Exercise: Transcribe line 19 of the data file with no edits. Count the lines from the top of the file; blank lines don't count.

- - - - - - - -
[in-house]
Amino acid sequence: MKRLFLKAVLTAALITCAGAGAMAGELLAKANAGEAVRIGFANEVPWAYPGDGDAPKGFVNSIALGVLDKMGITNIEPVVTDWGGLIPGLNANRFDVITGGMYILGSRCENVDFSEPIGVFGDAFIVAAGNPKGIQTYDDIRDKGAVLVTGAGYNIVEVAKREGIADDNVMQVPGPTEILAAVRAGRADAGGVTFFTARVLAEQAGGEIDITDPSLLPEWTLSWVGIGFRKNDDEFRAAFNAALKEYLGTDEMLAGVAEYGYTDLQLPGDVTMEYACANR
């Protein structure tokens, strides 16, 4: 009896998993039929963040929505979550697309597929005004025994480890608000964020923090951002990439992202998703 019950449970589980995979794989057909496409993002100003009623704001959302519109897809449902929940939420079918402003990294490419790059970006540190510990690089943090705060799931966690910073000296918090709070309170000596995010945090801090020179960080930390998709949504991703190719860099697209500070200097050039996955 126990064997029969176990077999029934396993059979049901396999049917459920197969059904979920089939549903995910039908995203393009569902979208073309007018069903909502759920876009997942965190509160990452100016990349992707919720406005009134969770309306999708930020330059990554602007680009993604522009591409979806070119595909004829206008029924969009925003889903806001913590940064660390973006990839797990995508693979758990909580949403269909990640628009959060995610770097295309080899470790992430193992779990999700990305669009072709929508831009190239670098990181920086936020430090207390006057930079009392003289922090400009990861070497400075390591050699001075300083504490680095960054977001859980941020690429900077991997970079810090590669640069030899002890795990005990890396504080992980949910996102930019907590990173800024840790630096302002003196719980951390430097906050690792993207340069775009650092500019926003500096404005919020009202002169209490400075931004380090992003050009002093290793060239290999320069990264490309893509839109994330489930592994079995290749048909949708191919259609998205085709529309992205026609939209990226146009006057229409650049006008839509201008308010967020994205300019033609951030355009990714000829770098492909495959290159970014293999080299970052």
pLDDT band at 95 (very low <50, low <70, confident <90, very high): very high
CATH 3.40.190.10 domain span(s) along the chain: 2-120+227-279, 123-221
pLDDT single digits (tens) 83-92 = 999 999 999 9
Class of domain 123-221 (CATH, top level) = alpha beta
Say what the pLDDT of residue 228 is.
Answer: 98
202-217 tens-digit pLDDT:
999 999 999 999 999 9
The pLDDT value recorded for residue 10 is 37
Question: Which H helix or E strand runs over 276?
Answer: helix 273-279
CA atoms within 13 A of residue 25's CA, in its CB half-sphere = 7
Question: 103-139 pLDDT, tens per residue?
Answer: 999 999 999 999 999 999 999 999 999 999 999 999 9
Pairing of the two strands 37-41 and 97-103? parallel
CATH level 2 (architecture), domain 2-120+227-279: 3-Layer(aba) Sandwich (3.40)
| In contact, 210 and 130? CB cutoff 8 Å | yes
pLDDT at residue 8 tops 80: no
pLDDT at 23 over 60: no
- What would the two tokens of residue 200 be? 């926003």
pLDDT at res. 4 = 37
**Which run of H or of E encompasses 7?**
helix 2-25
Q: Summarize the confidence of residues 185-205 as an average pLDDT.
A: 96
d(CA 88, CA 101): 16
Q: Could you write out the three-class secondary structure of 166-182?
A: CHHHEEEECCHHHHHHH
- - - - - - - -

CATH level 2 (architecture), domain 2-120+227-279: 3-Layer(aba) Sandwich (3.40)